# 19405

ROWAN, (Marian) Ellis (1847-1922)

Bill Baillie : his life and adventures. (Association copy)

$250.00 AUD

… With eight coloured illustrations by the author and numerous black and white drawings by Jack Sommers. Melbourne : Whitcombe and Tombs, [1908]. First edition. Small oblong quarto, pictorial cloth over bevelled boards (light rubbing and and mild flecking), an association copy, awarded as a school prize to a young member of the Crompton family (vignerons of Stonyfell, in the Adelaide Hills), who were close friends of Ellis Rowan, inscribed on the front free-endpaper ‘Knightsbridge School / Dora Crompton / Prize for passing the Junior University Exam, December 1908. Edith Hübbe, Oct. 8th 1909’ (Hübbe was the founder and Principal of Knightsbridge); pp 49, illustrated with 8 colour plates by Ellis Rowan and monochrome drawings by Jack Sommers; internally sound and clean, a good copy; accompanied by an A4 sheet of typed notes and another handwritten note explaining the connection between Ellis Rowan and the Crompton family. Muir 6484.

Provenance: Dorothea (“Dora”) Crompton, thence by descent.

Bill Baillie His Life and Adventures, published in 1908, was one of the earliest books to accurately depict the distinctive beauty of the West Australian bush. The children’s book is about the adventures of Ellis Rowan’s own beloved pet Bilboa (also known as the Bilby, the Dalgyte or the Rabbit-Eared Bandicoot (Macrotis lagotis)). Named Bill Baillie by Ellis Rowan, he was given to the artist in 1906 by a local handyman after he was rescued from his mother’s pouch, during her third visit to Western Australia. Bill’s story takes place in a variety of locations including the Goldfields area of Western Australia, which is where Ellis Rowan was given Bill Baillie in Goongarrie. The book was reprinted in 1948 as Bill Baillie: The Story of a Pet Bilboa (Clare Plascow, Museum of Applied Arts and Sciences, Sydney).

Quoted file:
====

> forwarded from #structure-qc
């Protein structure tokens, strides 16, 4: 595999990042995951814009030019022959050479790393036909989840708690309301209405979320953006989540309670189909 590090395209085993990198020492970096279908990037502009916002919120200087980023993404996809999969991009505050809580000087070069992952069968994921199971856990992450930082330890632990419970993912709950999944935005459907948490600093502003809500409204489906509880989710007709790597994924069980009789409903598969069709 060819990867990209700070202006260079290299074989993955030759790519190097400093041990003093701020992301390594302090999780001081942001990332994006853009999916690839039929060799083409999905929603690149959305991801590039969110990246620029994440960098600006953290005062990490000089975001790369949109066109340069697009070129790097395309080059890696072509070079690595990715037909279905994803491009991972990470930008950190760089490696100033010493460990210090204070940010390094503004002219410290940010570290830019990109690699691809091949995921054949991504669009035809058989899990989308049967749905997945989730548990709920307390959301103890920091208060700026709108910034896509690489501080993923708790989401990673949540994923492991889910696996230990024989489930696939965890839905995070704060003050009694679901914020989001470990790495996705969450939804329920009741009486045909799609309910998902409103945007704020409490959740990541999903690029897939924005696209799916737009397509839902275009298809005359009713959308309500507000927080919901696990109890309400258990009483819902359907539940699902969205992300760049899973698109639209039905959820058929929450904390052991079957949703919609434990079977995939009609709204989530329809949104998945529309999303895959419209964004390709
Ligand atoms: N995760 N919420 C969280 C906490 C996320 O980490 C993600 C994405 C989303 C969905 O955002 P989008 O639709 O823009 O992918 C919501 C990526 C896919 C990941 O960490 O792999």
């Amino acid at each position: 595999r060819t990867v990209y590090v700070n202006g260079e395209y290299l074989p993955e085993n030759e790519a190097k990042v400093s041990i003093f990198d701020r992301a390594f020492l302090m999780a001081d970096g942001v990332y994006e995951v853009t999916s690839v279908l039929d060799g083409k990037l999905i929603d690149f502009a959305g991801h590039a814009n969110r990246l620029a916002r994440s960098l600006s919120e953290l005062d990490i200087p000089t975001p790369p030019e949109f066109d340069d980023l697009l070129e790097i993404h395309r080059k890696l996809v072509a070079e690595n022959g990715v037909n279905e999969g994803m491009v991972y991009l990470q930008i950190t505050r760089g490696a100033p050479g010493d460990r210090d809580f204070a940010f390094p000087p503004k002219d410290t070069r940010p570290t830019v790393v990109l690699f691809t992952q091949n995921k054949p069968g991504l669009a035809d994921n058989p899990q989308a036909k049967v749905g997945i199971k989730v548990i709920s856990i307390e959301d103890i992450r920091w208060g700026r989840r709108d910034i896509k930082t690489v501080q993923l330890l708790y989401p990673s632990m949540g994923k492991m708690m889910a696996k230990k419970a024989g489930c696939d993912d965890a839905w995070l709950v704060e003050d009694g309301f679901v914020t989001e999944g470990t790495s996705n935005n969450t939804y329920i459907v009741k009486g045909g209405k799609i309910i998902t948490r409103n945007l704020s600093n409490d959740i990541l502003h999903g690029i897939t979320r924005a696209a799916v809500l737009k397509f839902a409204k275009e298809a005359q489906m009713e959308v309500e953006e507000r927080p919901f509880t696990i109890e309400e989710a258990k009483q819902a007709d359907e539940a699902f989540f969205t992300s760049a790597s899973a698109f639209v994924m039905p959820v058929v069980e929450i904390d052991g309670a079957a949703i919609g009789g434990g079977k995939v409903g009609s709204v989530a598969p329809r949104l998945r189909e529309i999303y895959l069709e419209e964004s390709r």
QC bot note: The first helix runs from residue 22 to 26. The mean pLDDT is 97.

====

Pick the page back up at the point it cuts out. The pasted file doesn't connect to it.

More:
From The Advertiser, Adelaide, November 28 1908:

””Bill Baillie.” By Ellis Rowan, author of A Flower Hunter in Queensland, &c. Melbourne: Whitcombe & Tombs, Limited. Humor and pathos are mingled in this enchanting record of the life and adventures of Bill Baillie, the forlorn little bilboa, whose mother was killed by dogs, but who himself was so fortunate as to take the fancy of the kind-hearted Tabitha, the flower painter. His name being shortened to Bill was subsequently lengthened to Bill Baillie. Tabitha’s first idea was to name her pet John, after Sir John Forrest, whom he resembled in “‘pluck and determination,” but this was getting too far away from the family name. When Tabitha arrived in Adelaide from Western Australia she brought Bill Baillie with her, and like the little lamb that followed Mary, Bill accompanied his mistress every where. His end came all too soon. Playing in the drawing room one evening he split his hand against the fender and died from the effects. The book should please the young folk, for whom it is written, and it thoroughly merits its handsome get up. It will probably be accounted one of the best of the present season’s gift books, especially in view of the numerous black and white drawings by Jack Sommers, and still more the eight exquisitely colored pictures by the author representing bush scenes in Western Australia.’